You generally only need to submit a CLA once, so if you've already submitted one (even if it was for a different project), you probably don't need to do it again.

Commit Messages

As for commit messages, we follow ChromeOS's guideline in general.

Here is an example of a good commit message:

devices: vhost: user: vmm: Add Connection type

This abstracts away the cross-platform differences: cfg(unix) uses a
Unix domain stream socket to connect to the vhost-user backend, and
cfg(windows) uses a Tube.

BUG=b:249361790
TEST=tools/presubmit --all

Change-Id: I47651060c2ce3a7e9f850b7ed9af8bd035f82de6
  • The first line is a subject that starts with a tag that represents which components your commit relates to. Tags are usually a name of the crate you modified such as devices: or base:. If you only modified a specific component in a crate, you can specify the path to the component as a tag like devices: vhost: user:. If your commit modified multiple crates, specify the crate your main change exists. The subject should be no more than 50 characters, including any tags.
  • The body should consist of a motivation followed by an impact/action. The body text should be wrapped to 72 characters.
  • BUG lines are used to specify an associated issue number. If the issue is filed at the Google's issue tracker, write BUG=b:<bug number>. If no issue is associated, write BUG=None. You can have multiple BUG lines.
  • TEST lines are used to describe how you tested your commit in a free form. You can have multiple TEST lines.
  • Change-Id is used to identify your change on Gerrit. It's inserted by the gerrit commit message hook as explained in the previous section. If a new commit is uploaded with the same Change-Id with an existing CL's one, the gerrit will recognize the new commit as a new patchset of the existing CL.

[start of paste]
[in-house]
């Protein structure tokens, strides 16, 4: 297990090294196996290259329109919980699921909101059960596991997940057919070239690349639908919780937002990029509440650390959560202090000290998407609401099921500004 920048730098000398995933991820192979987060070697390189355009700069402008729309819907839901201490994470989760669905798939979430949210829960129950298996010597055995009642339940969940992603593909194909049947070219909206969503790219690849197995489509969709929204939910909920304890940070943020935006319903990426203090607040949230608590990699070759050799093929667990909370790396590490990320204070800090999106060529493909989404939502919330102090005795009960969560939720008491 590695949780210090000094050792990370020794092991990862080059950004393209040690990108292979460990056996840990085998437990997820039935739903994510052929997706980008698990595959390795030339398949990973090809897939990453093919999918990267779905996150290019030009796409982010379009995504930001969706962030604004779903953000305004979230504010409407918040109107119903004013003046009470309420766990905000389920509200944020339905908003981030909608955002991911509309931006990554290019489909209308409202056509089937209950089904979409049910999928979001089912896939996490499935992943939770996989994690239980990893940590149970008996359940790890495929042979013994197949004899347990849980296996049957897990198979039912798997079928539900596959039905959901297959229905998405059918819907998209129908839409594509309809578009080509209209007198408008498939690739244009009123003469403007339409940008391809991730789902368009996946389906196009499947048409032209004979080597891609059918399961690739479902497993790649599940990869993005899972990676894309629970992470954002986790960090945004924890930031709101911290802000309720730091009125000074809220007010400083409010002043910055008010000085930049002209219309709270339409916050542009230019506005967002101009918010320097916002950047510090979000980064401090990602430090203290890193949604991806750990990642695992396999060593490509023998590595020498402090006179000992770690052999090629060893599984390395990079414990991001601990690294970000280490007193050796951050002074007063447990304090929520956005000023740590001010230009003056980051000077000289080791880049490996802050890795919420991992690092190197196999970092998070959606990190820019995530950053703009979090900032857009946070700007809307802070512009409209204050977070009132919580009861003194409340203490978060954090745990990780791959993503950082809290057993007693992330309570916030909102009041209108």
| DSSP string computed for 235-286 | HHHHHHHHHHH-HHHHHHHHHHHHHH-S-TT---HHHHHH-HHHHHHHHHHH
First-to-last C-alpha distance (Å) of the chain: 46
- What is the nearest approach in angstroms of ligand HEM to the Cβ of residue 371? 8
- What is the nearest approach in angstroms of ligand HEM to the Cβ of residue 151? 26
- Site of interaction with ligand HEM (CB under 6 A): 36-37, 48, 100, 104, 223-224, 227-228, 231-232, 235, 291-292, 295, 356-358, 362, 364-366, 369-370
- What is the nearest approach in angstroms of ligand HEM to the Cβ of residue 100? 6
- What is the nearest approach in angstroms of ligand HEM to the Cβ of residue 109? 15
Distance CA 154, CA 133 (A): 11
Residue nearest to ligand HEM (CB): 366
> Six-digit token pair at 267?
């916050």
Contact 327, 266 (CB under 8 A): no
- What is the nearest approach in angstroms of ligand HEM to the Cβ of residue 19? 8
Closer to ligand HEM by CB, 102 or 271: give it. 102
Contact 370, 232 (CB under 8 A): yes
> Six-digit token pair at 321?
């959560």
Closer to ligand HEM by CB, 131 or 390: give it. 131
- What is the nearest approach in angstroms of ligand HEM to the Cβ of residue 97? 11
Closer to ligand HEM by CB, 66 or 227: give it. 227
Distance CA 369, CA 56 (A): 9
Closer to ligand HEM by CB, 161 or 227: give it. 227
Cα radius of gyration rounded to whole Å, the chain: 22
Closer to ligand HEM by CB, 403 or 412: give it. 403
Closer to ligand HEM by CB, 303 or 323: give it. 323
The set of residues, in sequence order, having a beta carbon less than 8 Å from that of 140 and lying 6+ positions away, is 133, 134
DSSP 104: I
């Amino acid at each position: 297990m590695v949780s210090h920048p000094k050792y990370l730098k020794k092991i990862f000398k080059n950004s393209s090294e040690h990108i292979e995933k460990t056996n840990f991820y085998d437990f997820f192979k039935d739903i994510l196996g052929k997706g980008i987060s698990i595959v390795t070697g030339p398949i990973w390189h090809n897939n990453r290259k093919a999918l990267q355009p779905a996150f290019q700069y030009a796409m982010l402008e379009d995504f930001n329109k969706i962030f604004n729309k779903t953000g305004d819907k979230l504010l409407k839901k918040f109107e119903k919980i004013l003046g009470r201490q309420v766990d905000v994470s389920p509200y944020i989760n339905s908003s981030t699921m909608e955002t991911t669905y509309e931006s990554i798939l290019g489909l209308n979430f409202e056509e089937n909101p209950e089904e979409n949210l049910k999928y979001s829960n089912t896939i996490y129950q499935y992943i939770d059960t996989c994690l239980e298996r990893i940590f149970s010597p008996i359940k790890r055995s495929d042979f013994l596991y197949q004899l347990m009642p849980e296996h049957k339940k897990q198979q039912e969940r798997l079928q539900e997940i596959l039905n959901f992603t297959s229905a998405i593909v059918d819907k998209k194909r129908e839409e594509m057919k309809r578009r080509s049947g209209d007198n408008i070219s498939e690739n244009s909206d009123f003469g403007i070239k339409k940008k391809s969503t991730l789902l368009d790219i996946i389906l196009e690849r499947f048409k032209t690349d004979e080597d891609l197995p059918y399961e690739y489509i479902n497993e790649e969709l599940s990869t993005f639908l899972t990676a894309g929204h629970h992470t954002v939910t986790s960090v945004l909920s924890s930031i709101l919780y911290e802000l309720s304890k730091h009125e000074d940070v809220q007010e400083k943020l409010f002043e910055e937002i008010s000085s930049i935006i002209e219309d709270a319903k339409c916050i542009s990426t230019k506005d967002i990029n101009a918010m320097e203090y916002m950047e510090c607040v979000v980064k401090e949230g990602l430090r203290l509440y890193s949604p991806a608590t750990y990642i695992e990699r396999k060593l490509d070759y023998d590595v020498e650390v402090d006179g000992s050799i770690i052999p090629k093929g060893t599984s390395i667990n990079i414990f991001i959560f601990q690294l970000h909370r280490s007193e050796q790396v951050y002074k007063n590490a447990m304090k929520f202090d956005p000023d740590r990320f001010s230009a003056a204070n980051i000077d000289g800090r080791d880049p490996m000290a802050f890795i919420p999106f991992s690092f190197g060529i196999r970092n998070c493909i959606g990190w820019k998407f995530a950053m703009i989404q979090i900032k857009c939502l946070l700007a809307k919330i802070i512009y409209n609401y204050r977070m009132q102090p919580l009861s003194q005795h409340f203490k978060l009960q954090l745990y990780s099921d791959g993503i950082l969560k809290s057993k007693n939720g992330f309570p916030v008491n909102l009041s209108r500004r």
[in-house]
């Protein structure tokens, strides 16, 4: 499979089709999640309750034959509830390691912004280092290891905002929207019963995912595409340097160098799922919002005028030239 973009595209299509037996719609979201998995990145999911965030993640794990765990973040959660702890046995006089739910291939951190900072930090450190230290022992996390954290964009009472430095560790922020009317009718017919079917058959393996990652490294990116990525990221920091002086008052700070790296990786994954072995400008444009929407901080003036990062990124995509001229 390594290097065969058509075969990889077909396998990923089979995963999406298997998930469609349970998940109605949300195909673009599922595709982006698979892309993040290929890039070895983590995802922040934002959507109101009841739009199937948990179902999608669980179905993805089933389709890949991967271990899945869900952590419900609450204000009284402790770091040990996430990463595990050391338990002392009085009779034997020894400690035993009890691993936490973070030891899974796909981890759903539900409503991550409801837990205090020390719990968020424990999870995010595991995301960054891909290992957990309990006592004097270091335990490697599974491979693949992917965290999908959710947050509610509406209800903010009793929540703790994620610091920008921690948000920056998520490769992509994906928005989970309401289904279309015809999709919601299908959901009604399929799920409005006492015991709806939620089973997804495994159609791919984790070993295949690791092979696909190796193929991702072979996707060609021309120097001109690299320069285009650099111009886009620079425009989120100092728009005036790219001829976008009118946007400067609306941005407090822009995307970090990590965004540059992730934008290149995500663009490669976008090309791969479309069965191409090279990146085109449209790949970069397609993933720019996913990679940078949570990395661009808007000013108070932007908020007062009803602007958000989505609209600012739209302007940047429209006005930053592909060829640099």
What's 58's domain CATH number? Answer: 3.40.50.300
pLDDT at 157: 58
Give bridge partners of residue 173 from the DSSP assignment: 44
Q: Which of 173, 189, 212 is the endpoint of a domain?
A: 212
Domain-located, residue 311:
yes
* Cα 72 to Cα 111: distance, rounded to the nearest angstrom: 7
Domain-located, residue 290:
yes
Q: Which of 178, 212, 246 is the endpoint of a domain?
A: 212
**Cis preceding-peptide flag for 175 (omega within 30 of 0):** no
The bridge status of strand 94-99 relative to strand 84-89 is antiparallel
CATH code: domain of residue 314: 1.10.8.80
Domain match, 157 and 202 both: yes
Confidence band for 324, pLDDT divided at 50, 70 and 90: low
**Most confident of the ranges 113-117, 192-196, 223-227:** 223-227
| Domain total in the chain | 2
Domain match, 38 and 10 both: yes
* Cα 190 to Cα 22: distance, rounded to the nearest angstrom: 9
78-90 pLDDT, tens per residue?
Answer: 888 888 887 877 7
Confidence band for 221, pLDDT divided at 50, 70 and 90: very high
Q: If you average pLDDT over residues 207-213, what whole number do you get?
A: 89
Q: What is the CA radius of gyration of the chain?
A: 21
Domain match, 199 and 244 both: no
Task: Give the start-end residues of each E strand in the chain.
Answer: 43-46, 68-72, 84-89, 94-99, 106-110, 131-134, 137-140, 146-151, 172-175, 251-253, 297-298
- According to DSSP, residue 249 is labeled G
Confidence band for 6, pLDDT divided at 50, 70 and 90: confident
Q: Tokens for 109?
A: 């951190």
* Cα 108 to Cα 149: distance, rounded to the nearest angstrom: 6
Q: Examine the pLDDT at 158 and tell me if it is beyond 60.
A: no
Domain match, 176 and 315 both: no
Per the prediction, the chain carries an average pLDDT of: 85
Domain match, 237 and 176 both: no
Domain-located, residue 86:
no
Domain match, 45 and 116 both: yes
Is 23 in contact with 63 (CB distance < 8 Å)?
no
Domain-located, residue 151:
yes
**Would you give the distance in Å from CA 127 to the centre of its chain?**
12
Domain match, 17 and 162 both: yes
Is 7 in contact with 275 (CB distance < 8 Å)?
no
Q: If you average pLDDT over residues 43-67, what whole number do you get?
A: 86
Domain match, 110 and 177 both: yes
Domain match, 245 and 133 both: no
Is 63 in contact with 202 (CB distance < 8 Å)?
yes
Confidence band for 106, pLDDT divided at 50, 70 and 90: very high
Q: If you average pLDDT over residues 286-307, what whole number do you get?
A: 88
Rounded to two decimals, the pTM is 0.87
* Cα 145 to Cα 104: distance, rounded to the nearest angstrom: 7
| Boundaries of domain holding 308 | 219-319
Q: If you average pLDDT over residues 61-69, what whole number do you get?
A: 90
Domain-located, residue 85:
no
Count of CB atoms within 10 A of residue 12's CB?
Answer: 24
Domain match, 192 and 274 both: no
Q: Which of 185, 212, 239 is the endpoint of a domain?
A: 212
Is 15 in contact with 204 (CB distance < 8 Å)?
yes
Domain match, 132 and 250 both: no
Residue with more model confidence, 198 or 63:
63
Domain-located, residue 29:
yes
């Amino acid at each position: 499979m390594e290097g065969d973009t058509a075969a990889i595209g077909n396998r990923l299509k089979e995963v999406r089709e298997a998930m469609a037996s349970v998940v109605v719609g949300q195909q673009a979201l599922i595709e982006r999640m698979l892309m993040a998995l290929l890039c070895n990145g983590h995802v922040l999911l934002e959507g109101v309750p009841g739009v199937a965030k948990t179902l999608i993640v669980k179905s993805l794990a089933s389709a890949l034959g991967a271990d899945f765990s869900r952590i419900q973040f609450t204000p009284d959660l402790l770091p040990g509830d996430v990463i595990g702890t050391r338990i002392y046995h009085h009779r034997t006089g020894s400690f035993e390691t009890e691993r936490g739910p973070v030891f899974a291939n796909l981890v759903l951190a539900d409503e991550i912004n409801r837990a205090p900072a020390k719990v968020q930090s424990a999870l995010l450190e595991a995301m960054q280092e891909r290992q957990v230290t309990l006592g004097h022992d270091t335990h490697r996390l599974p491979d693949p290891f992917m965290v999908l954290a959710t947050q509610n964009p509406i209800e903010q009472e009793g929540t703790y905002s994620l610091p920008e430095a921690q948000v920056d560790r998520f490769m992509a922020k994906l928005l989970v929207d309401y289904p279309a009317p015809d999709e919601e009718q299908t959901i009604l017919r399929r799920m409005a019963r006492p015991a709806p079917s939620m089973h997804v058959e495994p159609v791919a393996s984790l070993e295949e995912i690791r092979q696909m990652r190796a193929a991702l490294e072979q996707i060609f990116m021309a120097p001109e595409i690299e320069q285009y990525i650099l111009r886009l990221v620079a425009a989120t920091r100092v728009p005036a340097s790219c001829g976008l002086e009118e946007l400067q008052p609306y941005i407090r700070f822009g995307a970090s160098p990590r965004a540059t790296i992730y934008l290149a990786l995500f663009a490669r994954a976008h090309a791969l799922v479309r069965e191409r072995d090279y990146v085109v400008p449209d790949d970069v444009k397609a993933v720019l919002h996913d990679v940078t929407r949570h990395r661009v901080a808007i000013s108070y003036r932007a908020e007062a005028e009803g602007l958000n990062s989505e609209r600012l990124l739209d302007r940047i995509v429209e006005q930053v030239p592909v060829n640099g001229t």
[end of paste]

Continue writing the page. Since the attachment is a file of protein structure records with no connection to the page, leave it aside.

Uploading changes

To make changes to crosvm, start your work on a new branch tracking origin/main.

git checkout --branch myfeature --track origin/main

After making the necessary changes, and testing them via Presubmit Checks, you can commit and upload them:

git commit
./tools/cl upload

If you need to revise your change, you can amend the existing commit and upload again:

git commit --amend
./tools/cl upload

This will create a new version of the same change in gerrit.

Note: We don't accept any pull requests on the GitHub mirror.

Getting Reviews

All submissions needs to be reviewed by one of the crosvm owners. Use the gerrit UI to request a review. If you are uncertain about the correct person to review, reach out to the team via chat or email list.

Submitting code

Crosvm uses a Commit Queue, which will run pre-submit testing on all changes before merging them into crosvm.

Once one of the crosvm owners has voted "Code-Review+2" on your change, you can use the "Submit to CQ" button, which will trigger the test process.

Gerrit will show any test failures. Refer to Building Crosvm for information on how to run the same tests locally.

When all tests pass, your change is merged into origin/main.

Contributing to the documentation

The book of crosvm is build with mdBook. Each markdown files must follow Google Markdown style guide.

To render the book locally, you need to install mdbook and mdbook-mermaid, which should be installed when you run ./tools/install-depsscript. Or you can use the tools/dev_container environment.

cd docs/book/
mdbook build

Output is found at docs/book/book/html/.

Note: If you make a certain size of changes, it's recommended to reinstall mdbook manually with cargo install mdbook, as ./tools/install-deps only installs a binary with some convenient features disabled. For example, the full version of mdbook allows you to edit files while checking rendered results.